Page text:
Carter Pete

Born Peter Edward Carter in Tipton in 8th July 1938, he was the eldest of five children to Ted and Mabel Carter, public house licencees of the Whitehall Tavern in Greets Green, West Bromwich. He joined the Young Communist League around 1960.




Seemingly, his adherence came out of the blue; one source from within the YCL from his time, alleged to this author many years ago that, before he joined the YCL, Carter had previously been linked to gangs of aggressive youths, trying to keep dance halls as white as possible.  The source was most insistent, as he saw it, that Carter had personally overcome a deeply difficult mistake. Even so, if true, this claim is damning, especially as it is now known that, at the time, Fascist groups hid behind youth gangs in the promotion of this racist onslaught. 


It is, perhaps, possible to see a more innocent attraction of rough-and-ready physical excitement in the youth than simply dodgy politics, subsequently transformed by a sense of class on reading a copy of `Challenge’, the YCL’s paper. In 1961, `Challenge’ had interviewed Claudia Jones (see separate entry), a famous black Communist. The issue had been on sale at many of the protests outside dance halls, with its slogan “Race Hate or Harmony” prominent. But many of the protests had been met with fists and worse, from organised fascists.


Another unimpeachable source recalls Carter responding to a question at a YCL public meeting in the 1960s, in an aside about the need to understand the confusions of youth, by openly referring to his previous membership of a fascist organisation. Yet a third highly reliable source tells of Carter admitting to him in the 1970s prior membership of a fascist organisation, although the National Front (NF) was mentioned by the source, it was probably actually Moseley’s Union Movement given the datings.


Of course, it is now impossible to confirm or deny the accuracy of this allegation, and estimate its severity but, naturally, more information on this aspect would be welcome from any reader and any constructive contributions will be published.


Certainly, in places such as Bradford, Sheffield, and Birmingham, Mecca Ltd was the owner of the Locarno ballrooms, which had first experimented with the colour bar during the wartime period and after, arising from the clashes between rival racial groups of American soldiers. As British Commonwealth immigration, filling low paid jobs, began to rise dramatically during the 1950s and a resurrection of the wartime and post-war bars emerged, Communists, trades unionists, and some student groups campaigned to end what was apparent to them to be simply a colour bar.  In opposition, fascist groups sought to mobilise youngsters, especially Teddy Boys.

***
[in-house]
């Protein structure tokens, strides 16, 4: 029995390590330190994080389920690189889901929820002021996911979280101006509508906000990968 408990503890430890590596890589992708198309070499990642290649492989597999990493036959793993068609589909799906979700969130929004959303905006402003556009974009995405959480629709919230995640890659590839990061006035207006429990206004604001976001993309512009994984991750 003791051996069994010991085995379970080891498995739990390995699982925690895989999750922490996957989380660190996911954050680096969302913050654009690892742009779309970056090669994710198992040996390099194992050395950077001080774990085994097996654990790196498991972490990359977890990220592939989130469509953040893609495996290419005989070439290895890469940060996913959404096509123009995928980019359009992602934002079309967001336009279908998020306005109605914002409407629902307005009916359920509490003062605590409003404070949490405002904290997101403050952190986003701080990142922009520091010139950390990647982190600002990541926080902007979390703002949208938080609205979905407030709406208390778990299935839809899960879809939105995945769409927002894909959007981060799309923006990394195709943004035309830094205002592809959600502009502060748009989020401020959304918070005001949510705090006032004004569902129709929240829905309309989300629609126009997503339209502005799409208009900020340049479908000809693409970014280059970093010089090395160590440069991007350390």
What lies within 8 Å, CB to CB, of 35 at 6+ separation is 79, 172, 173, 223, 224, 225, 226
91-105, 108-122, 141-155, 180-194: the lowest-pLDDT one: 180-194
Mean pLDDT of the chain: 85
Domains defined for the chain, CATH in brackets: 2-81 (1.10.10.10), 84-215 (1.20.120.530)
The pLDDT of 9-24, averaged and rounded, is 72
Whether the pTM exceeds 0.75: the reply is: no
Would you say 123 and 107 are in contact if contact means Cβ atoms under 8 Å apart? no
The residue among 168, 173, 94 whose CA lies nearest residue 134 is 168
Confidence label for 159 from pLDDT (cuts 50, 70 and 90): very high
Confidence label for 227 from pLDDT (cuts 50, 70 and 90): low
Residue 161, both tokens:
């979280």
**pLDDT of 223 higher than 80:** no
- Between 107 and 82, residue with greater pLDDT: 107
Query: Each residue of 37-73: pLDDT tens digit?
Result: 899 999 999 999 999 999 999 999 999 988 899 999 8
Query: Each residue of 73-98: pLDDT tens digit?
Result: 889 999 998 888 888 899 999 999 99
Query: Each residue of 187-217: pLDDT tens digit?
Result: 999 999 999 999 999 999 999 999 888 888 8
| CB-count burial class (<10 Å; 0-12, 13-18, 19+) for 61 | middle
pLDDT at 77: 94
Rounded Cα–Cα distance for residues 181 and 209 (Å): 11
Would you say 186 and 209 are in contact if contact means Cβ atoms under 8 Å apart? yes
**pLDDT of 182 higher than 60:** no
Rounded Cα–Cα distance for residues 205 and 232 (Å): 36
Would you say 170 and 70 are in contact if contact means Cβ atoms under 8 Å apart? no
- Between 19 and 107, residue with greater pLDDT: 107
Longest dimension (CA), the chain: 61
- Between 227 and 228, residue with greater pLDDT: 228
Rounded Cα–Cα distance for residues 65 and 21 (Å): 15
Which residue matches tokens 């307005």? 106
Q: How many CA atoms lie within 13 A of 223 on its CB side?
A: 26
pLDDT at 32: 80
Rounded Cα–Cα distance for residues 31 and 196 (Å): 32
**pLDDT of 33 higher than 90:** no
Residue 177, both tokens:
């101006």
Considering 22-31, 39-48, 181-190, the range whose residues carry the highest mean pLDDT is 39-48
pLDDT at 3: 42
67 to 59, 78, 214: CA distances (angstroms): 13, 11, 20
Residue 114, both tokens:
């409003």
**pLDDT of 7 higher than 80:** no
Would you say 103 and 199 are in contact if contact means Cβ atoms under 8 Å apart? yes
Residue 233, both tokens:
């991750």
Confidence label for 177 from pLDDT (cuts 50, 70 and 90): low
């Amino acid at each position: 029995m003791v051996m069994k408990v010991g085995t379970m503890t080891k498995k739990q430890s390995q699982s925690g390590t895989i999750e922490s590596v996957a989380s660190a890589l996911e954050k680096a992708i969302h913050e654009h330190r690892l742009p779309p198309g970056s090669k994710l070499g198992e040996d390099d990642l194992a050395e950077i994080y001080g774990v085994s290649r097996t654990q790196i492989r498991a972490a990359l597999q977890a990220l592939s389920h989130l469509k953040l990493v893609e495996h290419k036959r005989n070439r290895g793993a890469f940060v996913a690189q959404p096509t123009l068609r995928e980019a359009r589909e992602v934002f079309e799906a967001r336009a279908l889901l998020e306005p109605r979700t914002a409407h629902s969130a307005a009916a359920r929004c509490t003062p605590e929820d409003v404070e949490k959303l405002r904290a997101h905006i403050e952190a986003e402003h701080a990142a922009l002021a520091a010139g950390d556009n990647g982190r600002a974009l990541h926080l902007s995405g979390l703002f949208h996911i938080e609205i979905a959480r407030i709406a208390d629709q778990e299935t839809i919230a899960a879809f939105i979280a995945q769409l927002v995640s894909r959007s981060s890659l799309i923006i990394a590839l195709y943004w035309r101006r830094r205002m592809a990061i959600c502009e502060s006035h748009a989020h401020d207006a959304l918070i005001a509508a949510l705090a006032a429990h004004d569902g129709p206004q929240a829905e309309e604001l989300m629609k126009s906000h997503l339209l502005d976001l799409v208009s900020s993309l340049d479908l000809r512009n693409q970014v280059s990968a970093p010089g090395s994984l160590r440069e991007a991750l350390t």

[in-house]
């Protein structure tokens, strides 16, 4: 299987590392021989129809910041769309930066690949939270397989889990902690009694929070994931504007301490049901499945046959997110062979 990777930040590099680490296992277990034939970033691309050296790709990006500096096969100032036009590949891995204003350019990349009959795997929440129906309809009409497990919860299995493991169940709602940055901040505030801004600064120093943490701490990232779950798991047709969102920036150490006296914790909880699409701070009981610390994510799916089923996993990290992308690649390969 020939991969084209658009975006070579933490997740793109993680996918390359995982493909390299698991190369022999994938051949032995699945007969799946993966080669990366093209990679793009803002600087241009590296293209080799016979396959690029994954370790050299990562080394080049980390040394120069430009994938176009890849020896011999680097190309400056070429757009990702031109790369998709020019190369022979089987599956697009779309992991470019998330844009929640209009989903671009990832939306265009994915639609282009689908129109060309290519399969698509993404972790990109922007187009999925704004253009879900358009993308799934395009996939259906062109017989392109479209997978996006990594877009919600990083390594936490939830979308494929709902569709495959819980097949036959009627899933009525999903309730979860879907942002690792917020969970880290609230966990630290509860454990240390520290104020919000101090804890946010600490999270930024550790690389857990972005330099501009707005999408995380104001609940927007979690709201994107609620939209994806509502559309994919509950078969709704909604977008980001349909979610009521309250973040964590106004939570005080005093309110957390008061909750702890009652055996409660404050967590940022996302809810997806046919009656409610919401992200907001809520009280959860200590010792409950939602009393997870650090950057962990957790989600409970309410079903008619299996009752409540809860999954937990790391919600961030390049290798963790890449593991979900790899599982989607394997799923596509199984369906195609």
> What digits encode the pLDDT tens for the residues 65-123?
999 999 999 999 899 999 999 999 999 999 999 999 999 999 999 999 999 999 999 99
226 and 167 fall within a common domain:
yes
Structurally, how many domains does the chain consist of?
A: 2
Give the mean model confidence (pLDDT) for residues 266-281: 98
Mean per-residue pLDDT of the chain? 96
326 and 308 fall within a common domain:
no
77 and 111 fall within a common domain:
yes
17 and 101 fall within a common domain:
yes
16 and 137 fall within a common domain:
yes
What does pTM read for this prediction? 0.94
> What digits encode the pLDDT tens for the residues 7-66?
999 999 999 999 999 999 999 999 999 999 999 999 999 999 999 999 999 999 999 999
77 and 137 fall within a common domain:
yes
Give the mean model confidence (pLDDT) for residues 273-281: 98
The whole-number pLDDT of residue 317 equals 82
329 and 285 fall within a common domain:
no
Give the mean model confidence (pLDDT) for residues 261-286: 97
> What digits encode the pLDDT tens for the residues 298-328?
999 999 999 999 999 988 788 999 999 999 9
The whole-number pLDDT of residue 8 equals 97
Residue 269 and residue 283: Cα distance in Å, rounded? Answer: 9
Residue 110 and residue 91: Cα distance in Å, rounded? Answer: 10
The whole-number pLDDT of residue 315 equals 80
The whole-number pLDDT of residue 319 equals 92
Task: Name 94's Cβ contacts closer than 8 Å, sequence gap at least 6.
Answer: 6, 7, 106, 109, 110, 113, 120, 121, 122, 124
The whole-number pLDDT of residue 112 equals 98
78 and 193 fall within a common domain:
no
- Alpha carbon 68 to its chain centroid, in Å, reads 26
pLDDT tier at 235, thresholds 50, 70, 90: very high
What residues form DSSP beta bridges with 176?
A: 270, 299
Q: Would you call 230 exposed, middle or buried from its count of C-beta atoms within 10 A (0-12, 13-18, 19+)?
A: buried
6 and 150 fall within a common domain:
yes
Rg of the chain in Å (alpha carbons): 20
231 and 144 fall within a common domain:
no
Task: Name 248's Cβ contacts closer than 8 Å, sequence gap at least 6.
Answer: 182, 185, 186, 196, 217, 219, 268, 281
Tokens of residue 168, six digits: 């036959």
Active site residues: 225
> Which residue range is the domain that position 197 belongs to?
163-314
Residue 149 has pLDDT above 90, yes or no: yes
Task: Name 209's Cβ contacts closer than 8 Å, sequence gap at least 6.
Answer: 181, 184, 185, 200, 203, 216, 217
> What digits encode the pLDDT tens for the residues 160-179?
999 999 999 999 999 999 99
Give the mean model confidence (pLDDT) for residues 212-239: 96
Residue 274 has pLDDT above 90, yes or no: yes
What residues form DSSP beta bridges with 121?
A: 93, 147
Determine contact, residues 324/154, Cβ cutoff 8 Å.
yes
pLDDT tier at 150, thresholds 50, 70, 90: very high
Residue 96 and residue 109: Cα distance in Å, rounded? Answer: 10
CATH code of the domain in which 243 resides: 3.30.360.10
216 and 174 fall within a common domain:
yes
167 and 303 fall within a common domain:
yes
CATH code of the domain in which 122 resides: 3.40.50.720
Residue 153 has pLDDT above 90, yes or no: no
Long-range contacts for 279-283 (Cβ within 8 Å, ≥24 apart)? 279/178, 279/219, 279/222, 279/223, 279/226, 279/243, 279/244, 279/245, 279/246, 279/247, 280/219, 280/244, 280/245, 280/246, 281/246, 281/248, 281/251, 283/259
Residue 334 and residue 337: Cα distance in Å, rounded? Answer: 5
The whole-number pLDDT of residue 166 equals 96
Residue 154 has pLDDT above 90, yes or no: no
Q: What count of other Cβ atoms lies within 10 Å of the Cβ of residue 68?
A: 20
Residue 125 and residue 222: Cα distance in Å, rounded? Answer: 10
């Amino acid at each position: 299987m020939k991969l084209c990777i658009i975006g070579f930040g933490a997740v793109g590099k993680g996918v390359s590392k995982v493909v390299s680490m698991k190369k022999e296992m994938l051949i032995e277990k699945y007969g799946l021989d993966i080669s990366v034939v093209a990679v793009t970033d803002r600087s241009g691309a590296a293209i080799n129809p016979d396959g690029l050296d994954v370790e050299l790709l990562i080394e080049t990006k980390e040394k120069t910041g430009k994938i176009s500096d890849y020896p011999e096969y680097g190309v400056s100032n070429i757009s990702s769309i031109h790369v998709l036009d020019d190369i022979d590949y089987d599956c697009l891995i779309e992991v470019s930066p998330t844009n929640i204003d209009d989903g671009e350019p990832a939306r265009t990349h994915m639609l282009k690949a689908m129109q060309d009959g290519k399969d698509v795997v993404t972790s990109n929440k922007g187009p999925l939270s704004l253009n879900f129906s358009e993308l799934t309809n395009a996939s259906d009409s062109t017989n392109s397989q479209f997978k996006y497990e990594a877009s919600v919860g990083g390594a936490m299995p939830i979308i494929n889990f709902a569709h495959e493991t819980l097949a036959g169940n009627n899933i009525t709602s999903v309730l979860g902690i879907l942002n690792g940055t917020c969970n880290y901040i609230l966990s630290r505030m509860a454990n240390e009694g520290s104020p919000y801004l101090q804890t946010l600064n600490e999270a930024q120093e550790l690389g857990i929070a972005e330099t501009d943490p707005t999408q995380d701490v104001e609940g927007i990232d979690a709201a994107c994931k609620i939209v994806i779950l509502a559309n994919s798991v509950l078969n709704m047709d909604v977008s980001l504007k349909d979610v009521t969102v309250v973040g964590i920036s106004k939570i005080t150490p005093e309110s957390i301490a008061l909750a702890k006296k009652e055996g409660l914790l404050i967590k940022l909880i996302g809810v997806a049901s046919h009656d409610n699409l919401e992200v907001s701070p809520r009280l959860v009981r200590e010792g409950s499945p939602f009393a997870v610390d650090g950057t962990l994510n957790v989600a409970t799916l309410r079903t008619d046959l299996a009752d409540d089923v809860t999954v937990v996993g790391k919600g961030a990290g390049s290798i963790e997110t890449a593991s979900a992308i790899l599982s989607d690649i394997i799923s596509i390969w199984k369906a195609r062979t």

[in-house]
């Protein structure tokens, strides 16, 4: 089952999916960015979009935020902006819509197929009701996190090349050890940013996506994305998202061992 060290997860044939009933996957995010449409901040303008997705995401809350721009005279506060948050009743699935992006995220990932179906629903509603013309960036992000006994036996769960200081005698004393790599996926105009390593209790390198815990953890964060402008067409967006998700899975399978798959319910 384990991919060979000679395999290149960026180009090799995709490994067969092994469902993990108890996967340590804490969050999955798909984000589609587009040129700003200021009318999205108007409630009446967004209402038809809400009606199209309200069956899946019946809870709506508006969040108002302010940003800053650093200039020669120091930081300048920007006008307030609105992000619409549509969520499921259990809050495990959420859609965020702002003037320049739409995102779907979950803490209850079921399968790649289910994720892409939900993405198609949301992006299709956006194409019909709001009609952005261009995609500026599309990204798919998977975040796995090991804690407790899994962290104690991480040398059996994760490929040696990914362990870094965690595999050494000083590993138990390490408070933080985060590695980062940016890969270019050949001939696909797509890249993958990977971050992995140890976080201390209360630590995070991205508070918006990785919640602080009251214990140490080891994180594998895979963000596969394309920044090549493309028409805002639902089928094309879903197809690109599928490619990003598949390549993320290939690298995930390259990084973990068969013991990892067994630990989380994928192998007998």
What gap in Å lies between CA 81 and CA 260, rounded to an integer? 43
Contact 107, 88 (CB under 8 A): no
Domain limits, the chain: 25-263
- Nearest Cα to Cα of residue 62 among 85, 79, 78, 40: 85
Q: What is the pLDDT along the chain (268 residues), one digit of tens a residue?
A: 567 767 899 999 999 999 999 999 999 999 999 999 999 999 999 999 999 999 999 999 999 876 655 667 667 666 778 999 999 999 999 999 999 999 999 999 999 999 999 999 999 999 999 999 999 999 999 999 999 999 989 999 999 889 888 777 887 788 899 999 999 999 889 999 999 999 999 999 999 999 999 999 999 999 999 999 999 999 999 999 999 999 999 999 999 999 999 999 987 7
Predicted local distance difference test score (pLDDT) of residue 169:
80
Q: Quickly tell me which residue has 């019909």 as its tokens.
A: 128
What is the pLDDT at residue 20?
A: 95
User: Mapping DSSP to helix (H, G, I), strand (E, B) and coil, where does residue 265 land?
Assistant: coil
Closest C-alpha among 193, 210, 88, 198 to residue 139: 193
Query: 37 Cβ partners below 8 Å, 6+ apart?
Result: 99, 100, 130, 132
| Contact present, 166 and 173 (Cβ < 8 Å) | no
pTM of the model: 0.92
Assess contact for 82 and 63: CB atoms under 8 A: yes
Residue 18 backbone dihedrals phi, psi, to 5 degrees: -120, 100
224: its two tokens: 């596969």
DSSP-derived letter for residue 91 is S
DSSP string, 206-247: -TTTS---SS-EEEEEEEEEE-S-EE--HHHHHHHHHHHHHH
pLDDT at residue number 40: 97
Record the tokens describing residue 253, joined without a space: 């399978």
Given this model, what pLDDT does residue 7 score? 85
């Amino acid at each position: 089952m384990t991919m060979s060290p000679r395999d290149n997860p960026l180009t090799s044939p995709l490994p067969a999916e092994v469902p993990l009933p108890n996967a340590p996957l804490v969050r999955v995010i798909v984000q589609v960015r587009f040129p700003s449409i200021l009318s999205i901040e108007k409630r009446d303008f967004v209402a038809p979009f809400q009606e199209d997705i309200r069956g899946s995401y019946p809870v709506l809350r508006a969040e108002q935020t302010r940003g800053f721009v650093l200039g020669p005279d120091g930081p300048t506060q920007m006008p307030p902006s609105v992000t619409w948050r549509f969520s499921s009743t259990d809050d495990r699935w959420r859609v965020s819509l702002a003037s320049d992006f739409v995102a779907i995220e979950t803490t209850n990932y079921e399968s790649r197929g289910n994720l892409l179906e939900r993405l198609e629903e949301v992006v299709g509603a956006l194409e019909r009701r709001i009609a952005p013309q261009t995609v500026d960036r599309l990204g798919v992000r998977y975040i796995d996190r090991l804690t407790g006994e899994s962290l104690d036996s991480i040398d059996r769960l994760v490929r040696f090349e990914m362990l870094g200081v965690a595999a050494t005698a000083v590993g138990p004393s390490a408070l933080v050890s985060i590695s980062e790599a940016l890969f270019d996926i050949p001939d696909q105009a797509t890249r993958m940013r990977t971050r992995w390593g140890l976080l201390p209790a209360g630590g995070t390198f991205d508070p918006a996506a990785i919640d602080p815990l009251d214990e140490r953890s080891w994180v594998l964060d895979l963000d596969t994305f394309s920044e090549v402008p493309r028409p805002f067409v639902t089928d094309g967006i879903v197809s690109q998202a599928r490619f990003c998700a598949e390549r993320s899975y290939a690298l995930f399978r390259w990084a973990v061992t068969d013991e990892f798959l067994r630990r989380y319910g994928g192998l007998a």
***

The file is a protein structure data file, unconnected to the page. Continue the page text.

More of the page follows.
It now seems bizarre and inhuman but, surprisingly, a colour bar was widely accepted as quite normal back then. The first Parliamentary debate on immigration, on November 5th 1954, wasn’t concerned with numbers entering the country but focused on the claim that a colour bar in Sheffield dance halls had been justified due to the knife fights that broke out between gangs of youth of different ethnic origin. It had been the year that Birmingham corporation buses had finally abandoned a ‘colour bar’ on non-white employment. But a colour bar in housing still widely operated in the city. West Indians and Indians were denied accommodation by private landlords and frequently refused admission to hotels in the city, even when they could show they had funds to pay.




Whatever was the actuality of all this, as it affected him, Pete Carter finished training as a bricklayer and, having met Norma Jean Patrick, a lively and intelligent young woman whom he probably met in the YCL.  (Pictured) She had been born Norma Jean Harris in Birmingham on 27th January 1935 and had married at a young age to John C Patrick in 1954. (A John Patrick was later in the Campbells – see separate entry – folk circle.)  Presumably, dinvorce followed, since Pete and Norma married in early 1962 in Birmingham and they would subsequently have two children together. Wherever the couple met, certainly, Norma – an older woman with experience and a political stance of her own – appeared to have a major influence on the better aspects of his political trajectory.

It is likely that Carter was active within the Aston branch of the YCL at this time. He rose rapidly in the ranks of the YCL, not difficult since unlike the Party the YCL had greatly suffered as a result of tensions over the events in 1956, mainly due to its links with students, which the Party now decided to organise separately. A leading Party member had had to assume responsibility as Midlands YCL District Secretary at one point but in 1962 Pete Carter gained that role.